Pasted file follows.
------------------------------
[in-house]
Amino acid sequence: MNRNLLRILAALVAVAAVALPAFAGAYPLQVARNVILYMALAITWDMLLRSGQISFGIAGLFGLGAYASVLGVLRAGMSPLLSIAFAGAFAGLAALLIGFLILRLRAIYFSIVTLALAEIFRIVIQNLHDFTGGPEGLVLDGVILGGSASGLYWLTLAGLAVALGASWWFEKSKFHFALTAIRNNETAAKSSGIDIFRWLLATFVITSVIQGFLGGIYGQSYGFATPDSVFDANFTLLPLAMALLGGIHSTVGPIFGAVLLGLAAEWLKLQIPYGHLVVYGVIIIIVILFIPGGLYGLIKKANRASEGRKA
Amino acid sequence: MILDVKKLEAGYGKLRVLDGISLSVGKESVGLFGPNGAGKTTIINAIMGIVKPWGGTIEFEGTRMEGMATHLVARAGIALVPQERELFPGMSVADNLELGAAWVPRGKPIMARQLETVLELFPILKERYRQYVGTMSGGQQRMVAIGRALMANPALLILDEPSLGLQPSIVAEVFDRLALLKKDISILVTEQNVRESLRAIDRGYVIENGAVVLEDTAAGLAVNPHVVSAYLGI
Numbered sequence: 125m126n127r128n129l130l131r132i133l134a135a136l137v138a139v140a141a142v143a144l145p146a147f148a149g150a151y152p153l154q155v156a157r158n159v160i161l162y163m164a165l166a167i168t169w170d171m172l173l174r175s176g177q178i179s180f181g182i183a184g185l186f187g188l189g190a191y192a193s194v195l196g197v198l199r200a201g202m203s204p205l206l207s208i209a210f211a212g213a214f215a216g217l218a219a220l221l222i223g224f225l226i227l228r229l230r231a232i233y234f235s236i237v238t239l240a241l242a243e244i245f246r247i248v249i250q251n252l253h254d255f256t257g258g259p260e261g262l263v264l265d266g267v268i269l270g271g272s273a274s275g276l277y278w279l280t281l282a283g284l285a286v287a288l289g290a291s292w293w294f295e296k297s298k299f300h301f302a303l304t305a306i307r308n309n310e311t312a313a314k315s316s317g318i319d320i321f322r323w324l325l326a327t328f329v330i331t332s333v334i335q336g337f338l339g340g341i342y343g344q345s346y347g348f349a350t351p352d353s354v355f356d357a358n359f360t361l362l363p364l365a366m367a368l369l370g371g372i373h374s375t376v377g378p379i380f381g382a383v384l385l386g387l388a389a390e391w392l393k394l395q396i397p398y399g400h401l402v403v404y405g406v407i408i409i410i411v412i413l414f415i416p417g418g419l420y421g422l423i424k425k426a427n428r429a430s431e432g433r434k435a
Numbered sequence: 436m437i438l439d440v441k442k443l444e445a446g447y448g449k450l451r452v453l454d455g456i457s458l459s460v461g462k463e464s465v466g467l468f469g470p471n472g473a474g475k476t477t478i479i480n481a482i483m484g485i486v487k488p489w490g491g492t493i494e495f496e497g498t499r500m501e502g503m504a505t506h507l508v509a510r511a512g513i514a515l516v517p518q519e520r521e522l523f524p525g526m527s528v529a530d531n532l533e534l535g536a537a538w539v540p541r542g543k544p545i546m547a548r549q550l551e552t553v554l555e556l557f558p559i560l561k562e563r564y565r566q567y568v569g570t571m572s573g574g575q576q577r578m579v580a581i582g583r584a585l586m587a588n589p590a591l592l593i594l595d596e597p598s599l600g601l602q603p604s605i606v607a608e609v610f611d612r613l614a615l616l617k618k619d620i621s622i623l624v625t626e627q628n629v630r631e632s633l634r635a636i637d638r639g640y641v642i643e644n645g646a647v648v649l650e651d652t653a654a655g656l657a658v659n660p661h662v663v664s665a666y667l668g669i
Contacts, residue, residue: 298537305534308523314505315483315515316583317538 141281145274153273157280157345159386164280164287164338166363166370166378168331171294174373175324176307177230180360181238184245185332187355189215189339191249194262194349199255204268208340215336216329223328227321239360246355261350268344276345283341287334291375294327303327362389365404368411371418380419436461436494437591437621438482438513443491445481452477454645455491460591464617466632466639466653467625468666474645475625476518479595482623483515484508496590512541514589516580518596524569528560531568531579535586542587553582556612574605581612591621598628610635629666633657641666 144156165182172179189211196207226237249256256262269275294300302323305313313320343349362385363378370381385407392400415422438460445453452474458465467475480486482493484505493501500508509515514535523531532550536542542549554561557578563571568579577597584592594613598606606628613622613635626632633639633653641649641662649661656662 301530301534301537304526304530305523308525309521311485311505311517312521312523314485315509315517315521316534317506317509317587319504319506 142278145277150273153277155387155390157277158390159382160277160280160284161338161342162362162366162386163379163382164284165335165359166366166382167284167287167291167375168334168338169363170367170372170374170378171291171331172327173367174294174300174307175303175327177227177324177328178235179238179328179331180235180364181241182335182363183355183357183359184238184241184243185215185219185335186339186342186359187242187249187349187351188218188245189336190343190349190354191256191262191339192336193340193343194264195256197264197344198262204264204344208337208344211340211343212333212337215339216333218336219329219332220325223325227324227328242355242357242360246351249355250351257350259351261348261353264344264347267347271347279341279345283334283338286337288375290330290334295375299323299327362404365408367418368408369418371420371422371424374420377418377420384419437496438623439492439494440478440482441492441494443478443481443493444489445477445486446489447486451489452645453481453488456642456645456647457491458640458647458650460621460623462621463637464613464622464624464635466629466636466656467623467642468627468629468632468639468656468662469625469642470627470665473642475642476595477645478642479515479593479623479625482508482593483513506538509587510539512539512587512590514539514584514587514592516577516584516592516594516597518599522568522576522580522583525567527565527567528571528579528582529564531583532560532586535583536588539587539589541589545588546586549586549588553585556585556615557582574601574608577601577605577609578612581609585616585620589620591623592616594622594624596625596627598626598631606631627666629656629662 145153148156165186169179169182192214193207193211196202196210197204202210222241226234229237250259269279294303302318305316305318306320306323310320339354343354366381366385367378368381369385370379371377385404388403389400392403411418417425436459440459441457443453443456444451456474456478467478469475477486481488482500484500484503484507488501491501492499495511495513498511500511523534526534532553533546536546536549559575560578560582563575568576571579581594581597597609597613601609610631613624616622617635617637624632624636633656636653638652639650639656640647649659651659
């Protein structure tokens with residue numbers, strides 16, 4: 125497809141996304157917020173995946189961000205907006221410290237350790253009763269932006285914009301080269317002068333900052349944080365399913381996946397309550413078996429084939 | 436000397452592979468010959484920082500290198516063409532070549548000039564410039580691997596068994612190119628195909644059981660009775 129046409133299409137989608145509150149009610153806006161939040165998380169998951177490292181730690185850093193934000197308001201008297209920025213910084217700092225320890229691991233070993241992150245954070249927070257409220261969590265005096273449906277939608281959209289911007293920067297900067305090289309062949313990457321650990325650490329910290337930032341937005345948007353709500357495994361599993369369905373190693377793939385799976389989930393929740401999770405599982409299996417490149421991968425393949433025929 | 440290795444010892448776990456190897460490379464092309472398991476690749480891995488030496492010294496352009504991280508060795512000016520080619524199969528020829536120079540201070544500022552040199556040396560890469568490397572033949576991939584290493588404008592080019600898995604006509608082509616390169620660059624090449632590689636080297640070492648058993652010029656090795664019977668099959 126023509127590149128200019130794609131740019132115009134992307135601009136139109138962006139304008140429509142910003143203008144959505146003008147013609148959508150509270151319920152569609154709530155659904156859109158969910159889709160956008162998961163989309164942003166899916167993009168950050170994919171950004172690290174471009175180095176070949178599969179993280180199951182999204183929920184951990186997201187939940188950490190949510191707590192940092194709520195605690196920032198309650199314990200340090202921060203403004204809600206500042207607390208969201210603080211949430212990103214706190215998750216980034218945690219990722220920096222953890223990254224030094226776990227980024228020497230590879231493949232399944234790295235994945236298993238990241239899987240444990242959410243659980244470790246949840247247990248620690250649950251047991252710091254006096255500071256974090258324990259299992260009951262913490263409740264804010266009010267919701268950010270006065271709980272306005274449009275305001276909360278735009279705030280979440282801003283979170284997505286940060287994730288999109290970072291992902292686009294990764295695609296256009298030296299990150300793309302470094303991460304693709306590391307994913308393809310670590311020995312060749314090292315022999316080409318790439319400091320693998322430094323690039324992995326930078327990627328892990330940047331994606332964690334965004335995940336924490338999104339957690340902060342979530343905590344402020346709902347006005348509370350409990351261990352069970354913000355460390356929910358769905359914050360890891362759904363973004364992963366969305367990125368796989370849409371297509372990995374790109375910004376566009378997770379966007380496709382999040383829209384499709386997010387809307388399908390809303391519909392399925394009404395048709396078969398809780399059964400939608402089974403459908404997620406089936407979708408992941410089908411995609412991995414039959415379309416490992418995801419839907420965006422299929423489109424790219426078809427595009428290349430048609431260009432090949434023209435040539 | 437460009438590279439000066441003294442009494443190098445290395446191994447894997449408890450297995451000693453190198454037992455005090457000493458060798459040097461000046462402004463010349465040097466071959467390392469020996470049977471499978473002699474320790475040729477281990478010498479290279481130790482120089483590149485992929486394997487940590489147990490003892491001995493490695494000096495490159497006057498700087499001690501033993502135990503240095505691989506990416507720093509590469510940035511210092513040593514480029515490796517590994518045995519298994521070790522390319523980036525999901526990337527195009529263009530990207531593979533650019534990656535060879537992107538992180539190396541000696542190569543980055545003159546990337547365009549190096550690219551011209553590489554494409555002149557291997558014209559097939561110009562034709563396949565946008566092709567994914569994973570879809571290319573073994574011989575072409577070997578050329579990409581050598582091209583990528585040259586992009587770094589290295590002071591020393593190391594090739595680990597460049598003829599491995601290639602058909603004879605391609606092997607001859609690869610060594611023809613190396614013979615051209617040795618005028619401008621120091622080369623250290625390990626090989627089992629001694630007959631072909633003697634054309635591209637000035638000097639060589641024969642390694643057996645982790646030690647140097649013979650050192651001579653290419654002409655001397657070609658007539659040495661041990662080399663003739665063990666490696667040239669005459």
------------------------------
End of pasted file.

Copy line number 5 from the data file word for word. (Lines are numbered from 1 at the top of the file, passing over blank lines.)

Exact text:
Numbered sequence: 436m437i438l439d440v441k442k443l444e445a446g447y448g449k450l451r452v453l454d455g456i457s458l459s460v461g462k463e464s465v466g467l468f469g470p471n472g473a474g475k476t477t478i479i480n481a482i483m484g485i486v487k488p489w490g491g492t493i494e495f496e497g498t499r500m501e502g503m504a505t506h507l508v509a510r511a512g513i514a515l516v517p518q519e520r521e522l523f524p525g526m527s528v529a530d531n532l533e534l535g536a537a538w539v540p541r542g543k544p545i546m547a548r549q550l551e552t553v554l555e556l557f558p559i560l561k562e563r564y565r566q567y568v569g570t571m572s573g574g575q576q577r578m579v580a581i582g583r584a585l586m587a588n589p590a591l592l593i594l595d596e597p598s599l600g601l602q603p604s605i606v607a608e609v610f611d612r613l614a615l616l617k618k619d620i621s622i623l624v625t626e627q628n629v630r631e632s633l634r635a636i637d638r639g640y641v642i643e644n645g646a647v648v649l650e651d652t653a654a655g656l657a658v659n660p661h662v663v664s665a666y667l668g669i